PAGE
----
Our CO2 cleanup needs to be big and quick, but also sure to work, given that we are not likely to get a second chance. Market-based “climate solutions” are likely to go bankrupt in the next economic downturn.

Thanks to all of the manufactured climate denial, we have not seriously attempted to remove the excess CO2 from the air. Despite the lack of government funding, inventors have been busy with ingenious designs for at least twenty years.

But their designs are all predicated on having the rest of the century to do the cleanup job. None seem capable of even countering the continuing CO2 emissions [6], +10 gigatons of carbon (GtC) each year — and so their promotion conveniently positions them as how to drawdown CO2 after we somehow achieve zero emissions. Our need is now far more urgent; we must counter the continuing emissions with CO2 removal during the additional decades it will take to reduce emissions sufficiently.

The fastest cleanup scenario that I can currently imagine. It assumes we survive the battering in the meantime from extreme weather.

The fastest cleanup that I can imagine takes two decades — and extreme weather could batter us badly as we attempt to repair climate. Even with such an ambitious project, cooling will not occur until after we start sinking -10 GtC annually to counter the continuing emissions of +10 GtC/yr. Even for a big and quick -40 GtC/yr project able to complete the cleanup by 2040, the earliest that cooling would begin is 2027 and extreme weather would probably not decline until the 2030s.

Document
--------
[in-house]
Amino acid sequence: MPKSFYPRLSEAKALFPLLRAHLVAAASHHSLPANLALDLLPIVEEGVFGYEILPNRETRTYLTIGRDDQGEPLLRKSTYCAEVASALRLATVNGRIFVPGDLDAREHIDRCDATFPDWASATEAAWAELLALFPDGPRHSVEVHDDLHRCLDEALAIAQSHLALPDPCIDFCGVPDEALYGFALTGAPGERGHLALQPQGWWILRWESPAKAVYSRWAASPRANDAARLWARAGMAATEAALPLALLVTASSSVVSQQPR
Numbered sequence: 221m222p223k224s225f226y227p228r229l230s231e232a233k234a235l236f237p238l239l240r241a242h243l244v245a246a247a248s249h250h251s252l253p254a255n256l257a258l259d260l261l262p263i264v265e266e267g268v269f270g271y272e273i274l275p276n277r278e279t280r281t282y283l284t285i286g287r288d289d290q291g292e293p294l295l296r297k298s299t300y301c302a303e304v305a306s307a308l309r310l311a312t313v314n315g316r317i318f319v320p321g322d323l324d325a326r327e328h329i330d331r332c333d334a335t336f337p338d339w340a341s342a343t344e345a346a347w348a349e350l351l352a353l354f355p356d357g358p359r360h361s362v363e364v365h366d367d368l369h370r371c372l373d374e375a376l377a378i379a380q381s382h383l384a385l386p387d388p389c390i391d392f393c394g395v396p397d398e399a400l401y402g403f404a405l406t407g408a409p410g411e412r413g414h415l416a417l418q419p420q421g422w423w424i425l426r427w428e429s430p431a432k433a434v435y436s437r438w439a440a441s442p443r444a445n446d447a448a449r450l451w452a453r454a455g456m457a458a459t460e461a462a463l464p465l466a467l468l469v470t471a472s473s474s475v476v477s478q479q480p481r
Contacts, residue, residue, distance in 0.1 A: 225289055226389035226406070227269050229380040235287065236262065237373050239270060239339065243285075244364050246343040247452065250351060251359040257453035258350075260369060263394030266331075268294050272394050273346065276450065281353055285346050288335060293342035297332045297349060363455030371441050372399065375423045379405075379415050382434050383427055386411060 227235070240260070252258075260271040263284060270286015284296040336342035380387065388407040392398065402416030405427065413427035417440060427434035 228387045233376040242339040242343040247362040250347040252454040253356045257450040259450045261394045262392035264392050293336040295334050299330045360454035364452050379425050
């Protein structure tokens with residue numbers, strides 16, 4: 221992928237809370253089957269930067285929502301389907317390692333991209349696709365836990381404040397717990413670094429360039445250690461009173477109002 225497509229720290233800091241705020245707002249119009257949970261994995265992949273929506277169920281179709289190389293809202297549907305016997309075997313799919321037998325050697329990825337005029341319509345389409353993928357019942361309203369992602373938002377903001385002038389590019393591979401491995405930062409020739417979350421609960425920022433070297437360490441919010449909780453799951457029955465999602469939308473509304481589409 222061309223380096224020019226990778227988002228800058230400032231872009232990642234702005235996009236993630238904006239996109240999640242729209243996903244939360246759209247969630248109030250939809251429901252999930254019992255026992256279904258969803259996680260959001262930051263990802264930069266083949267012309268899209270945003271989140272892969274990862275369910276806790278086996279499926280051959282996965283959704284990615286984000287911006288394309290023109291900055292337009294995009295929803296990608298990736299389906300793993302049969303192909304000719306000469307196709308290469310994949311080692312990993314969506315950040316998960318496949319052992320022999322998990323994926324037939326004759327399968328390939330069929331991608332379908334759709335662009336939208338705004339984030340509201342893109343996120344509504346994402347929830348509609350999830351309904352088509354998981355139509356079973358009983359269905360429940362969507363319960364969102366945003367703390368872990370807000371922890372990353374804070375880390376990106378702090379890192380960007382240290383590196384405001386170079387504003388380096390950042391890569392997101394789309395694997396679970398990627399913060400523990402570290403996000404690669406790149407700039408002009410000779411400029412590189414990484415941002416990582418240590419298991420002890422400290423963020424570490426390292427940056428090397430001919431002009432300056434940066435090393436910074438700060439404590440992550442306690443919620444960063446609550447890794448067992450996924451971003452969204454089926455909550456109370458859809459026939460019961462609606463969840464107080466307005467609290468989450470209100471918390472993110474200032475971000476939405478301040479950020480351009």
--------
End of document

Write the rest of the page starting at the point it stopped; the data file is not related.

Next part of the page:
So, we have to move very, very quickly. Whenever you hear someone say, “But first, we must do X,” ask them how long X takes and what the cost is of their proposed delay, in terms of lives lost, more extreme weather damage, economies collapsed, and genocides.

We have already waited too long to go about this in the proper international way, with agreed-upon cost sharing between nations and an international commission to regulate the future enterprise. Now, the larger industrial nations each need to start crash programs, cooperating with each other but waiting around for no one. Later, we can fill in behind with cost-sharing and international commissions.

What we now need is a “Manhattan Project 2.0” that brings together the relevant experts for four years to design and prototype better solutions to repair climate than the present chemical and photosynthesis proposals [6]. The original 1942–1945 Manhattan Project brought together scientists and engineers of many nations; they came up with two designs and prototyped both of them in the fourth year. They both worked. I’d suggest that the world needs multiple such projects; one should not rely on the U.S. getting it right.

The urgency is now such that, in the U.S., we cannot wait for Congress to get up to speed. We need a workaround. I have suggested that a few state governors take the initiative, forming a nonprofit organization, the Governors’ Design Initiative to Repair Climate, appointing the lead scientists and engineers, asking some tech billionaires to serve as its finance committee, and hiring an experienced serial entrepreneur to serve as general manager.